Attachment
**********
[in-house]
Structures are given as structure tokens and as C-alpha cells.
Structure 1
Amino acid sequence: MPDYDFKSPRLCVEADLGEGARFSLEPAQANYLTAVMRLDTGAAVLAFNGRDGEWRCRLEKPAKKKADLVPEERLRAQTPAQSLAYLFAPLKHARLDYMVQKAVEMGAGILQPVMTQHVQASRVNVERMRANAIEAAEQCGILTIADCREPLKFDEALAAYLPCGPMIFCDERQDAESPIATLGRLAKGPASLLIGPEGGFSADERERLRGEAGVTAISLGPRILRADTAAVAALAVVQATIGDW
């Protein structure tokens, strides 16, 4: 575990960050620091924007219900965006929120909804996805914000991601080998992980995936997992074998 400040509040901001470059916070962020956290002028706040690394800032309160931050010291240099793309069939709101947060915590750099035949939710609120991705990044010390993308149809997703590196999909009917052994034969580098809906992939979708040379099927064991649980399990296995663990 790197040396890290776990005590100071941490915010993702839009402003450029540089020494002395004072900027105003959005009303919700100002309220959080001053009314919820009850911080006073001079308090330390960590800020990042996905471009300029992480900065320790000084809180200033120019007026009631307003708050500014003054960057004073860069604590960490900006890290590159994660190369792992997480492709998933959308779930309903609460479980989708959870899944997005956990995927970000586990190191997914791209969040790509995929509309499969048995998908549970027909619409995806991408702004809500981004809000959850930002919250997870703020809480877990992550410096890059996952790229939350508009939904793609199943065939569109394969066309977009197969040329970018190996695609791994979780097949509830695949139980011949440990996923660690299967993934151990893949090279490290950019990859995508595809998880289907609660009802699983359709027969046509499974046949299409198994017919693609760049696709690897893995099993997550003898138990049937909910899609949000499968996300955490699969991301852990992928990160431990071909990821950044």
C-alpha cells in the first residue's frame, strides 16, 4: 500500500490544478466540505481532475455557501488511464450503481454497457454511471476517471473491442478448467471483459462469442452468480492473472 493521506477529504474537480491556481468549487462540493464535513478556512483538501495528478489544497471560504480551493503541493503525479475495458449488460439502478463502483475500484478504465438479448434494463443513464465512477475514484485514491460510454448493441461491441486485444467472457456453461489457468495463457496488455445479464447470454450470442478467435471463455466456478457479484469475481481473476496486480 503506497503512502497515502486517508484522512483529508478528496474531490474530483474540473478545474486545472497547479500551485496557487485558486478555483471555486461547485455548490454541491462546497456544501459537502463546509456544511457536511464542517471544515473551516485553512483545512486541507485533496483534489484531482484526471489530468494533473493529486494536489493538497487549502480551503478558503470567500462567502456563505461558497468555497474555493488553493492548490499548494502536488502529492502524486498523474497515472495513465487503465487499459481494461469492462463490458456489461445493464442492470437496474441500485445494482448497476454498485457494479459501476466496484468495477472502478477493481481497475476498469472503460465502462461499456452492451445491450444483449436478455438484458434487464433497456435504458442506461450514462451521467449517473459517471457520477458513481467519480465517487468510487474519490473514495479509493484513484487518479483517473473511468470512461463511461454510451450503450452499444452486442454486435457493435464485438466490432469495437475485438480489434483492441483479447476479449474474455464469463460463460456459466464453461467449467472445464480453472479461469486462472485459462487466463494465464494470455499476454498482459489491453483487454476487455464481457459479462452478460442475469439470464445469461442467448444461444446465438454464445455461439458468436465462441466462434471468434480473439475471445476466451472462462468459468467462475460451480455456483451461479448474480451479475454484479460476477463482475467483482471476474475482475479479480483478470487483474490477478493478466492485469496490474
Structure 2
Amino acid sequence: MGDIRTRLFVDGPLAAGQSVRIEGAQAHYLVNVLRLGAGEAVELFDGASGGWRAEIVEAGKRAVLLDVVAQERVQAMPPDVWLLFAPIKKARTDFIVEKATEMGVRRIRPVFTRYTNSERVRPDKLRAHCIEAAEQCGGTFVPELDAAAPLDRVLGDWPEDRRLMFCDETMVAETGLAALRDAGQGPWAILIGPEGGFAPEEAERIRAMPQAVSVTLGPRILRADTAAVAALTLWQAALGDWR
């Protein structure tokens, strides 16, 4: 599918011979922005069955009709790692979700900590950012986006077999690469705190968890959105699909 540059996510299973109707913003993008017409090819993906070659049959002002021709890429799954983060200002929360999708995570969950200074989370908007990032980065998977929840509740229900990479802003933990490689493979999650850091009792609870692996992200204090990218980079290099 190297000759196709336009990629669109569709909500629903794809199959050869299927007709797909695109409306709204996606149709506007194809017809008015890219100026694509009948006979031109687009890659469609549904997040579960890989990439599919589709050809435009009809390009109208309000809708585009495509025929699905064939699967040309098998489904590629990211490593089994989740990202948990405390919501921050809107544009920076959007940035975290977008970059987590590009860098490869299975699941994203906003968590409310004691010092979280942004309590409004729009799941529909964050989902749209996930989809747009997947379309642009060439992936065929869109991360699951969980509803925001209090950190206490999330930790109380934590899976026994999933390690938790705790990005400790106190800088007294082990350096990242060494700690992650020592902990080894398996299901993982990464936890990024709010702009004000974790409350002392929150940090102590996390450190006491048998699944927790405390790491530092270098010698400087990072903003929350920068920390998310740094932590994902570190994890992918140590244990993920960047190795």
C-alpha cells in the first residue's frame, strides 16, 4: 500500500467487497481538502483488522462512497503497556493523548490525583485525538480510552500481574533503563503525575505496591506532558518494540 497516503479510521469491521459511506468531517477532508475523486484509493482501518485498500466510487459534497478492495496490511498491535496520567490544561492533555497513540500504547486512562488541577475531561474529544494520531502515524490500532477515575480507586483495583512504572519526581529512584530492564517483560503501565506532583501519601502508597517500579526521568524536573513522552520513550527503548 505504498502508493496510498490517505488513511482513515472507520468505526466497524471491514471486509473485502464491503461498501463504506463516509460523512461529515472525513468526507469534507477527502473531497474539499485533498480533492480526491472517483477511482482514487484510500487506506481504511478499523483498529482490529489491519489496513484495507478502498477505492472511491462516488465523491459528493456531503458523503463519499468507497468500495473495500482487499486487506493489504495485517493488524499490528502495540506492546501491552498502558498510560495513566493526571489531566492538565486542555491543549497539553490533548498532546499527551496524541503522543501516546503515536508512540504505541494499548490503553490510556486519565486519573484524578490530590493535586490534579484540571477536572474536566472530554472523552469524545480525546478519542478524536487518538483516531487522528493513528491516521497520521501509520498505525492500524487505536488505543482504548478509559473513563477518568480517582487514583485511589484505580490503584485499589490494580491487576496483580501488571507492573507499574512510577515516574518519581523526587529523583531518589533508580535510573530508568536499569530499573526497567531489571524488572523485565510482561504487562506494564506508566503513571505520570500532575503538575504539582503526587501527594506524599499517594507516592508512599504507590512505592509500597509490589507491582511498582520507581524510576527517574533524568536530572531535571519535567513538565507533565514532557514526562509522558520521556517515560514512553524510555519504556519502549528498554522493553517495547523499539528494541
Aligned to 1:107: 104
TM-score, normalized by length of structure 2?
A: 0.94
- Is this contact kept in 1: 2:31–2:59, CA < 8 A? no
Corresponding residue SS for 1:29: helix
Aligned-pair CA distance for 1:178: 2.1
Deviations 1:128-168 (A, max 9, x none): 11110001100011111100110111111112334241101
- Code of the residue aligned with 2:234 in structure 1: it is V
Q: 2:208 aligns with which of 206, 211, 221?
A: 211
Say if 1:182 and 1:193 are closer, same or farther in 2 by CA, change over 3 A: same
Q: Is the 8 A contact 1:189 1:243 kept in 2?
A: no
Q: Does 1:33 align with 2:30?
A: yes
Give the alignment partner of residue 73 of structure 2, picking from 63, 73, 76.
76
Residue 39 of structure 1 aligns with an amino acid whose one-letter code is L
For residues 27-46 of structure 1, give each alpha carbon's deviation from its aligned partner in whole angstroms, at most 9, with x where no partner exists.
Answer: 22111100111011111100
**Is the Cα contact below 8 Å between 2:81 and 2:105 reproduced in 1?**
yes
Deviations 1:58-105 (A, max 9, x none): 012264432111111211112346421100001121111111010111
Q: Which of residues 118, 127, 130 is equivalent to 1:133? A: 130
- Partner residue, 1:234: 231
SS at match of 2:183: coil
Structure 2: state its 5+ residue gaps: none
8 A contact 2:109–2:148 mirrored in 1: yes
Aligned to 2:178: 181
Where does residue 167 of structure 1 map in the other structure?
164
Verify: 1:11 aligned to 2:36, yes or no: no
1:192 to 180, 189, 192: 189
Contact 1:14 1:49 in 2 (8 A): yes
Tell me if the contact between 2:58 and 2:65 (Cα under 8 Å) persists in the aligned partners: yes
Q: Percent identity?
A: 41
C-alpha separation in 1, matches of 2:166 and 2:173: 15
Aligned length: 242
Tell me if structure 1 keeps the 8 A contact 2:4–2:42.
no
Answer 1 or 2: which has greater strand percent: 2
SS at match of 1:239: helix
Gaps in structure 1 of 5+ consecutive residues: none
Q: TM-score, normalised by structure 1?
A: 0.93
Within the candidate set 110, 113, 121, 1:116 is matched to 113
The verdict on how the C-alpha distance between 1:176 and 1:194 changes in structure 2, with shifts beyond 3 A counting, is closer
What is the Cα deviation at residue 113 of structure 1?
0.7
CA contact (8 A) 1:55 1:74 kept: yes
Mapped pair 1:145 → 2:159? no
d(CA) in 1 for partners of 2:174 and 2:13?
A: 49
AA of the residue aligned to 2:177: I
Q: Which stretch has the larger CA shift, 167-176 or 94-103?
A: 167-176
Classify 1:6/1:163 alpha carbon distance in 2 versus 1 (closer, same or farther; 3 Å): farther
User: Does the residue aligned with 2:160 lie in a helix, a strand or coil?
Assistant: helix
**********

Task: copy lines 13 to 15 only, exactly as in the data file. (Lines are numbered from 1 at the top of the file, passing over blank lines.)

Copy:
A: 0.94
- Is this contact kept in 1: 2:31–2:59, CA < 8 A? no
Corresponding residue SS for 1:29: helix